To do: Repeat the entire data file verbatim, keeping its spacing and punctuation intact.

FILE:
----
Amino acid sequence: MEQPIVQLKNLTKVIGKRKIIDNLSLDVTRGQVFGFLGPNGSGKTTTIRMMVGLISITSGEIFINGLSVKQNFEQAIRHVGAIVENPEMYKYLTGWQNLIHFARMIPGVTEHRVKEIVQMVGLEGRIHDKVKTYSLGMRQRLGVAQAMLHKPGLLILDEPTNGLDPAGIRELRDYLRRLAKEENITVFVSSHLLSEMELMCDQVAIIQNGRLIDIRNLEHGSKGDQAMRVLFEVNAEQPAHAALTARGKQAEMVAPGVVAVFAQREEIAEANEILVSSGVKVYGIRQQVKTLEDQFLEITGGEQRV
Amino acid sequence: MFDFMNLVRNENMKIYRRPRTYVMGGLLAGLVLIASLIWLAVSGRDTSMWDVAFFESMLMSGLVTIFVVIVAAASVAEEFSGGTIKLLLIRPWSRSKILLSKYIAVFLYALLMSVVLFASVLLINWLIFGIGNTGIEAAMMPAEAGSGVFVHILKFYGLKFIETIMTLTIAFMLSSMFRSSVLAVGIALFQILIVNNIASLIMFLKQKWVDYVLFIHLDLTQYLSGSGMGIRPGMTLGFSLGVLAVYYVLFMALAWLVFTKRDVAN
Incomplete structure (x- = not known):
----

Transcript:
Amino acid sequence: MEQPIVQLKNLTKVIGKRKIIDNLSLDVTRGQVFGFLGPNGSGKTTTIRMMVGLISITSGEIFINGLSVKQNFEQAIRHVGAIVENPEMYKYLTGWQNLIHFARMIPGVTEHRVKEIVQMVGLEGRIHDKVKTYSLGMRQRLGVAQAMLHKPGLLILDEPTNGLDPAGIRELRDYLRRLAKEENITVFVSSHLLSEMELMCDQVAIIQNGRLIDIRNLEHGSKGDQAMRVLFEVNAEQPAHAALTARGKQAEMVAPGVVAVFAQREEIAEANEILVSSGVKVYGIRQQVKTLEDQFLEITGGEQRV
Amino acid sequence: MFDFMNLVRNENMKIYRRPRTYVMGGLLAGLVLIASLIWLAVSGRDTSMWDVAFFESMLMSGLVTIFVVIVAAASVAEEFSGGTIKLLLIRPWSRSKILLSKYIAVFLYALLMSVVLFASVLLINWLIFGIGNTGIEAAMMPAEAGSGVFVHILKFYGLKFIETIMTLTIAFMLSSMFRSSVLAVGIALFQILIVNNIASLIMFLKQKWVDYVLFIHLDLTQYLSGSGMGIRPGMTLGFSLGVLAVYYVLFMALAWLVFTKRDVAN
Incomplete structure (x- = not known):